Are you looking for a relationship counsellor? Couples counselling is variously called, marriage counselling or relationship counselling. We see couples, whether married or de facto, in straight or same-sex relationships as well a pre-marital counselling. Every couple is different and there is no rulebook but here are some common patterns.
All couples, even in strong, healthy relationships, face everyday issues around such things as money, in-laws, boredom, kids, housework, time management, work/life balance etc. Counselling provides a safe place to address such everyday issues. The therapist provides a neutral non-judgmental third party to help kept discussions on-track, civilised and calm. The couple can then talk without getting emotionally overloaded.
The therapist can help identify deadlocks (where talking just goes around and around without getting anywhere), or impasse (where the couple has come to a standstill and neither partner feels that they can move), or misunderstanding (where the couple are talking past each other). Slowing and deepening communication allows each partner gets the other's point of view. With communication freed up, the couple can then negotiate constructively.
Counselling will help you remember the strengths that each of you bring to the relationship as well as remind you of all the good things about the relationship that tend to get lost in times of distress.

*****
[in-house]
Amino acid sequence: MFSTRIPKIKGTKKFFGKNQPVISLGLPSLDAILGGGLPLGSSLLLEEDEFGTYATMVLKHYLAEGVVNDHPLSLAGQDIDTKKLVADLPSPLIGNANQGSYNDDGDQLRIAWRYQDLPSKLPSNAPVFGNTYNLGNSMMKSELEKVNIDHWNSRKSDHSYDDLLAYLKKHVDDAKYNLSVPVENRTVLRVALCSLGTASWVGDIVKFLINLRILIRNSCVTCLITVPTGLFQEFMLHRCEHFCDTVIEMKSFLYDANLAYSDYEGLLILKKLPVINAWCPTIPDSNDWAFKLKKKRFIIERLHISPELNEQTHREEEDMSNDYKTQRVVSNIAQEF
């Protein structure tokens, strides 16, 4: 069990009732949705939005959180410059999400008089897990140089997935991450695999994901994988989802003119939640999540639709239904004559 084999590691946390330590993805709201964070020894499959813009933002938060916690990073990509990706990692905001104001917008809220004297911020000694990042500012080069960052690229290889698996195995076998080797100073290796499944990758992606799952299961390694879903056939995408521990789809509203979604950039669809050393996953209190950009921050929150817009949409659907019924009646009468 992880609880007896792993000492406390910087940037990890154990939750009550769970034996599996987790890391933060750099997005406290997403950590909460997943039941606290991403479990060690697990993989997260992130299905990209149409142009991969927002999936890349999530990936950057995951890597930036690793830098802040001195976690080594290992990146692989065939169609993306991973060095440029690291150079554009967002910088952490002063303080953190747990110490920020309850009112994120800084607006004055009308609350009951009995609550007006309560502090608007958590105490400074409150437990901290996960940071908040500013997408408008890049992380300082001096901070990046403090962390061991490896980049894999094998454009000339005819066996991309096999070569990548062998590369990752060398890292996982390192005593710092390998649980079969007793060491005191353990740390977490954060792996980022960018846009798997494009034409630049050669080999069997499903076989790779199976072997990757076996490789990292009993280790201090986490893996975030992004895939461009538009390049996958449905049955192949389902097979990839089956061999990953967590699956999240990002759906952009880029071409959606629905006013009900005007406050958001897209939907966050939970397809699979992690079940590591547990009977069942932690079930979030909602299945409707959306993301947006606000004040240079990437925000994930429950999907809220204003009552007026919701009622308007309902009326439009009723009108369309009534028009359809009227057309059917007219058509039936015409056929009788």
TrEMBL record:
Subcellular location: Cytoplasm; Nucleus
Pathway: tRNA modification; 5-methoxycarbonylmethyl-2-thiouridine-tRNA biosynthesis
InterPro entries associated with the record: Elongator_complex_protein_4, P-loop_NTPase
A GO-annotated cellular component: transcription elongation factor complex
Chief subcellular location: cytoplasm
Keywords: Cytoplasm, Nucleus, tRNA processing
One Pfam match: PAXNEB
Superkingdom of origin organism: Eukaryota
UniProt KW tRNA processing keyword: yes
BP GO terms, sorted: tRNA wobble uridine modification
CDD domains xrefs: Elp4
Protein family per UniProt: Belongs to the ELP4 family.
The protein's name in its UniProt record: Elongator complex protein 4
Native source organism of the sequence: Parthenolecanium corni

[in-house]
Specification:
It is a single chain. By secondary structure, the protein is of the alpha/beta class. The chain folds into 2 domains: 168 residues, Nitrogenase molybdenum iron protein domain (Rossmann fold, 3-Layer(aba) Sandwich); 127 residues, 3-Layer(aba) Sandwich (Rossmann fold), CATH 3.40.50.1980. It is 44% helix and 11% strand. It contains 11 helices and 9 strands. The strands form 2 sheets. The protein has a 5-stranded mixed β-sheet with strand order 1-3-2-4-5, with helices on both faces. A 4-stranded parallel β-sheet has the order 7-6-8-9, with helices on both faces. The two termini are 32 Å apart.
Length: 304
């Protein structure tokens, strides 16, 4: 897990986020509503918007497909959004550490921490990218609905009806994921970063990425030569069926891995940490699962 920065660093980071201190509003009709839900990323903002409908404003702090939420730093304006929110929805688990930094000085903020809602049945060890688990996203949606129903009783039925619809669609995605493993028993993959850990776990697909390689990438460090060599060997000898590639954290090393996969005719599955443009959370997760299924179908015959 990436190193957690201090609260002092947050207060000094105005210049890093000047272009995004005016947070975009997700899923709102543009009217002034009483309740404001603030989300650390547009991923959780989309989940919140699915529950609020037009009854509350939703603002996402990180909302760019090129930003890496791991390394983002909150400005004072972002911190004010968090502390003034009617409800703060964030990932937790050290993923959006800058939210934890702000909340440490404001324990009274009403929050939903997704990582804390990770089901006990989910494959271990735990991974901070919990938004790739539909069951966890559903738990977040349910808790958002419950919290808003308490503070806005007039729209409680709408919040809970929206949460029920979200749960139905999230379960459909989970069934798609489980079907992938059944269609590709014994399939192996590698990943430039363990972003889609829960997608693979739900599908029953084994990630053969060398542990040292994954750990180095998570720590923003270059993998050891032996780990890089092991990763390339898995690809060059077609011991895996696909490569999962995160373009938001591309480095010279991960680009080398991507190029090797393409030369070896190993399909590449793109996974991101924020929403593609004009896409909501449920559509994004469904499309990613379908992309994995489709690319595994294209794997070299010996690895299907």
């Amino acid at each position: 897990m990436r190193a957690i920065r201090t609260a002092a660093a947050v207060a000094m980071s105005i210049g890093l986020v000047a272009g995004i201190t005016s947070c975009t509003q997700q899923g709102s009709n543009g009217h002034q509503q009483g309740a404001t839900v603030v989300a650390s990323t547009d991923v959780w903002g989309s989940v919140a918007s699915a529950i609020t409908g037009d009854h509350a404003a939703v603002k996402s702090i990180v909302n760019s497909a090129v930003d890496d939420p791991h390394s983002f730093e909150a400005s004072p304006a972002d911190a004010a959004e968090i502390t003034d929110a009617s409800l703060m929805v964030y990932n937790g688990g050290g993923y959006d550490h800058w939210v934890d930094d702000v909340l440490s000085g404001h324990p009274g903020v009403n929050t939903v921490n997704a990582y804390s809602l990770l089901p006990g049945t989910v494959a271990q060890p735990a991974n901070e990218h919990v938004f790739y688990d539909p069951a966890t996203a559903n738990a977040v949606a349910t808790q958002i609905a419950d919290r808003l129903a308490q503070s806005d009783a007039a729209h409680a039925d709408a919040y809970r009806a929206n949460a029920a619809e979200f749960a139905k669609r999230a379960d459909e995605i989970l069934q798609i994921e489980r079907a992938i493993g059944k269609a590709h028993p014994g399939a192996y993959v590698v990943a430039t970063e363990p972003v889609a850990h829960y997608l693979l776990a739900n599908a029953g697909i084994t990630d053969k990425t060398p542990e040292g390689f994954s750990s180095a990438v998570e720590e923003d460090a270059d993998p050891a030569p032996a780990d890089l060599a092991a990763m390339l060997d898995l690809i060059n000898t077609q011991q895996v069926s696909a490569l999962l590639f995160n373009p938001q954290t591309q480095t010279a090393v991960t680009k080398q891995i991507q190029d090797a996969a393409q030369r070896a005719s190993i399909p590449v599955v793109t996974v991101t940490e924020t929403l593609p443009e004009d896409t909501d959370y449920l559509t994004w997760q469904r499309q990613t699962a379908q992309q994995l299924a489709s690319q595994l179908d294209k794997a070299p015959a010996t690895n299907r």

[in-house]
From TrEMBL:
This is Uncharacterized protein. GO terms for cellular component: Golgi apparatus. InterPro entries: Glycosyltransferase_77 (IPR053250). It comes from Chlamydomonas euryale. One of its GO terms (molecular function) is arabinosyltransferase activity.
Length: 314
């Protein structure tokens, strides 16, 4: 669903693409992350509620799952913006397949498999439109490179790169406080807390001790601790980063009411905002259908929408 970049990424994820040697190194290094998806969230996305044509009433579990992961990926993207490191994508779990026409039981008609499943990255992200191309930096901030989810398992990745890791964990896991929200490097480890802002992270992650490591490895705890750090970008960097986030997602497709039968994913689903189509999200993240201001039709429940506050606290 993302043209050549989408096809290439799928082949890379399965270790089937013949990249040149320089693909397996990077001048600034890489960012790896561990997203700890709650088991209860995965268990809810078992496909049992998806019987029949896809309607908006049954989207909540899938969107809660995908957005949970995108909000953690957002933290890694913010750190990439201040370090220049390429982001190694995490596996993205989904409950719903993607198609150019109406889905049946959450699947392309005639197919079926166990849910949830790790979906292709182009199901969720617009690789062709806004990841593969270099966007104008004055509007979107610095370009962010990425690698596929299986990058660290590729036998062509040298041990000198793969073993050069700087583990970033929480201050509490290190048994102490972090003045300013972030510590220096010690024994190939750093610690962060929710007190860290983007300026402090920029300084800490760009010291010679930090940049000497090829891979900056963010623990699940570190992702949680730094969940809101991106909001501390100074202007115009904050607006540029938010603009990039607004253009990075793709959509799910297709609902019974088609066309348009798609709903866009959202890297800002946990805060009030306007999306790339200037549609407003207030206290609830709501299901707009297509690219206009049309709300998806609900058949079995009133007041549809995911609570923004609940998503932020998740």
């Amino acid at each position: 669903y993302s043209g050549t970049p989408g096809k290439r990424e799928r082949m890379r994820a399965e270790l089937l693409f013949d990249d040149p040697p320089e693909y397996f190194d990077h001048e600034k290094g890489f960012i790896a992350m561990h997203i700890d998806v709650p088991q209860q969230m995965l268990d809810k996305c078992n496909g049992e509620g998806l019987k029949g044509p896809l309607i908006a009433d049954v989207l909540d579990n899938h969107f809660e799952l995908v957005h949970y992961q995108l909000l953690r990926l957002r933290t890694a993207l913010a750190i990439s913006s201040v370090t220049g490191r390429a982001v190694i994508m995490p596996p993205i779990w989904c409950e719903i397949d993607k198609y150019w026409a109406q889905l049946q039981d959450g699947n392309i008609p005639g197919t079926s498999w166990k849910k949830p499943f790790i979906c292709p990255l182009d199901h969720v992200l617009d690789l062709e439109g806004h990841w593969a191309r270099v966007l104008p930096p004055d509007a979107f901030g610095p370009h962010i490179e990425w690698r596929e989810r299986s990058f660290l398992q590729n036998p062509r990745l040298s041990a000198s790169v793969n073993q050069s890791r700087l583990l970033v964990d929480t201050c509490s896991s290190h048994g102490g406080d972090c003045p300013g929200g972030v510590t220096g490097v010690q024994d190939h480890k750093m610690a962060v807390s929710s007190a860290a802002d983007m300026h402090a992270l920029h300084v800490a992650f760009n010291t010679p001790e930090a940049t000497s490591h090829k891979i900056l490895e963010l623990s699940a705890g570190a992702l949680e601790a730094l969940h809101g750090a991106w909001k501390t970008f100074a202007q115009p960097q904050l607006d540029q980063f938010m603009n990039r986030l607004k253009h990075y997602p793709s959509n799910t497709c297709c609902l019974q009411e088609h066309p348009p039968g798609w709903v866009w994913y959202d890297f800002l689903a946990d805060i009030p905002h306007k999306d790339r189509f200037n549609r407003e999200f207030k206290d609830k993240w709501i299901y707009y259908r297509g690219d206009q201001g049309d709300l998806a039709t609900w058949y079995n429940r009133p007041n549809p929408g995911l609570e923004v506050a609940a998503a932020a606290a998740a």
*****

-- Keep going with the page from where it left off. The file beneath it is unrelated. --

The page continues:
Life challenges can strain relationships as the couple struggle to adapt to changed circumstances. Therapy can provide time and space for a couple to come to terms with major life changes and transitions. Examples include:
Things are trickier if the relationship itself is in trouble - where there is a loss of trust, a buildup of negative feelings or increasingly hurtful behaviours. Typical issues include:
In complex situations one or both of the partners are bringing baggage from their past into the relationship. The result can be lots of pain and confusion where both feel misunderstand and unappreciated. Baggage may include attachment patterns, that is the patterns of closeness and distance. For instance, one partner may be feeling suffocated so is pulling away while the other feels neglected so is anxiously trying to get closer. Obviously, this will never work.
A therapist may recommend a combination of individual and couples therapy in complex situations. Healing a damaged relationship requires finding mutual understanding and forgiveness then rebuilding hope and trust. Therapy can help identify negative patterns of relating and help you find new possibilities.